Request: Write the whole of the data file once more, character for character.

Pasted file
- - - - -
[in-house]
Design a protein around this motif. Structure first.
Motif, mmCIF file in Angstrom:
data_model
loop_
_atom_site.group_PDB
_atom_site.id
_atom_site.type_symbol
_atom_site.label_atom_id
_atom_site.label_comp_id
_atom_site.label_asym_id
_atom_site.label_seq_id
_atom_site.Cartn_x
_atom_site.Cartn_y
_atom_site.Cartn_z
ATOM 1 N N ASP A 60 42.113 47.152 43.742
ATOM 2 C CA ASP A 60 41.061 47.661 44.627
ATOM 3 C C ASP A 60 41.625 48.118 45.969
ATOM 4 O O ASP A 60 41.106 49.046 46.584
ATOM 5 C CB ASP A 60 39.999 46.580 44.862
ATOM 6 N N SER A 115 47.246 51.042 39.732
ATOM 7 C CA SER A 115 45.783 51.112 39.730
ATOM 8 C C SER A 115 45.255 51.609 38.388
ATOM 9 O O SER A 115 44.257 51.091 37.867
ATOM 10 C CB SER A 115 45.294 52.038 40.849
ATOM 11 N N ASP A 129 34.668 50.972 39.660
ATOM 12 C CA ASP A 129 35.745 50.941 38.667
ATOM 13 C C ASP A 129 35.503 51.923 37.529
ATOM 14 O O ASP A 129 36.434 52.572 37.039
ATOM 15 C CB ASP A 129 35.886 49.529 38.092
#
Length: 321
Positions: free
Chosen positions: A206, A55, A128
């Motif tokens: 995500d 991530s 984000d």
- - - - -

[in-house]
Design a protein around this motif. Structure first.
Motif, mmCIF file in Angstrom:
data_model
loop_
_atom_site.group_PDB
_atom_site.id
_atom_site.type_symbol
_atom_site.label_atom_id
_atom_site.label_comp_id
_atom_site.label_asym_id
_atom_site.label_seq_id
_atom_site.Cartn_x
_atom_site.Cartn_y
_atom_site.Cartn_z
ATOM 1 N N ASP A 60 42.113 47.152 43.742
ATOM 2 C CA ASP A 60 41.061 47.661 44.627
ATOM 3 C C ASP A 60 41.625 48.118 45.969
ATOM 4 O O ASP A 60 41.106 49.046 46.584
ATOM 5 C CB ASP A 60 39.999 46.580 44.862
ATOM 6 N N SER A 115 47.246 51.042 39.732
ATOM 7 C CA SER A 115 45.783 51.112 39.730
ATOM 8 C C SER A 115 45.255 51.609 38.388
ATOM 9 O O SER A 115 44.257 51.091 37.867
ATOM 10 C CB SER A 115 45.294 52.038 40.849
ATOM 11 N N ASP A 129 34.668 50.972 39.660
ATOM 12 C CA ASP A 129 35.745 50.941 38.667
ATOM 13 C C ASP A 129 35.503 51.923 37.529
ATOM 14 O O ASP A 129 36.434 52.572 37.039
ATOM 15 C CB ASP A 129 35.886 49.529 38.092
#
Length: 321
Positions: free
Chosen positions: A206, A55, A128
């Motif tokens: 995500d 991530s 984000d």